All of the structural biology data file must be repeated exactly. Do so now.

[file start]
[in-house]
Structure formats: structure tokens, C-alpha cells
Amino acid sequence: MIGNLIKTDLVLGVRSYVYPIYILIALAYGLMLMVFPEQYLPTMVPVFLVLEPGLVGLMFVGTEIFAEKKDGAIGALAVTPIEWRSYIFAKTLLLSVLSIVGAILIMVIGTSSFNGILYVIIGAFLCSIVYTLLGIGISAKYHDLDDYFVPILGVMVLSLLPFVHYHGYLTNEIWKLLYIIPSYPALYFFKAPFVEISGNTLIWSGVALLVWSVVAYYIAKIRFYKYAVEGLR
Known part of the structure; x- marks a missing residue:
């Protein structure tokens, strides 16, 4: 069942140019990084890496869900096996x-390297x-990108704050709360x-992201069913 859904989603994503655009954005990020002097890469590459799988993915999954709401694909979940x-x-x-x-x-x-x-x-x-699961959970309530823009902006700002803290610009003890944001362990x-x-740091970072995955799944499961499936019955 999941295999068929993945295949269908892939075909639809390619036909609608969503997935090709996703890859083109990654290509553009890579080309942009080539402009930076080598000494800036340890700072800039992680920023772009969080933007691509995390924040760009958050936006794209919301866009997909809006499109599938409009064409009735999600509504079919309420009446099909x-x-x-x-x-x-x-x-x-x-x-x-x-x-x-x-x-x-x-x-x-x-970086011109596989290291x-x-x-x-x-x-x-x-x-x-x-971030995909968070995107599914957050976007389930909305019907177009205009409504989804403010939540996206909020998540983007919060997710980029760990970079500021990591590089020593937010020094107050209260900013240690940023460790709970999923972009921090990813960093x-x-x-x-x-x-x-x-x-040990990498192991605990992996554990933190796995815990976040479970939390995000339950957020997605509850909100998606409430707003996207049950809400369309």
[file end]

[in-house]
Structure formats: structure tokens, C-alpha cells
Amino acid sequence: MIGNLIKTDLVLGVRSYVYPIYILIALAYGLMLMVFPEQYLPTMVPVFLVLEPGLVGLMFVGTEIFAEKKDGAIGALAVTPIEWRSYIFAKTLLLSVLSIVGAILIMVIGTSSFNGILYVIIGAFLCSIVYTLLGIGISAKYHDLDDYFVPILGVMVLSLLPFVHYHGYLTNEIWKLLYIIPSYPALYFFKAPFVEISGNTLIWSGVALLVWSVVAYYIAKIRFYKYAVEGLR
Known part of the structure; x- marks a missing residue:
């Protein structure tokens, strides 16, 4: 069942140019990084890496869900096996x-390297x-990108704050709360x-992201069913 859904989603994503655009954005990020002097890469590459799988993915999954709401694909979940x-x-x-x-x-x-x-x-x-699961959970309530823009902006700002803290610009003890944001362990x-x-740091970072995955799944499961499936019955 999941295999068929993945295949269908892939075909639809390619036909609608969503997935090709996703890859083109990654290509553009890579080309942009080539402009930076080598000494800036340890700072800039992680920023772009969080933007691509995390924040760009958050936006794209919301866009997909809006499109599938409009064409009735999600509504079919309420009446099909x-x-x-x-x-x-x-x-x-x-x-x-x-x-x-x-x-x-x-x-x-x-970086011109596989290291x-x-x-x-x-x-x-x-x-x-x-971030995909968070995107599914957050976007389930909305019907177009205009409504989804403010939540996206909020998540983007919060997710980029760990970079500021990591590089020593937010020094107050209260900013240690940023460790709970999923972009921090990813960093x-x-x-x-x-x-x-x-x-040990990498192991605990992996554990933190796995815990976040479970939390995000339950957020997605509850909100998606409430707003996207049950809400369309």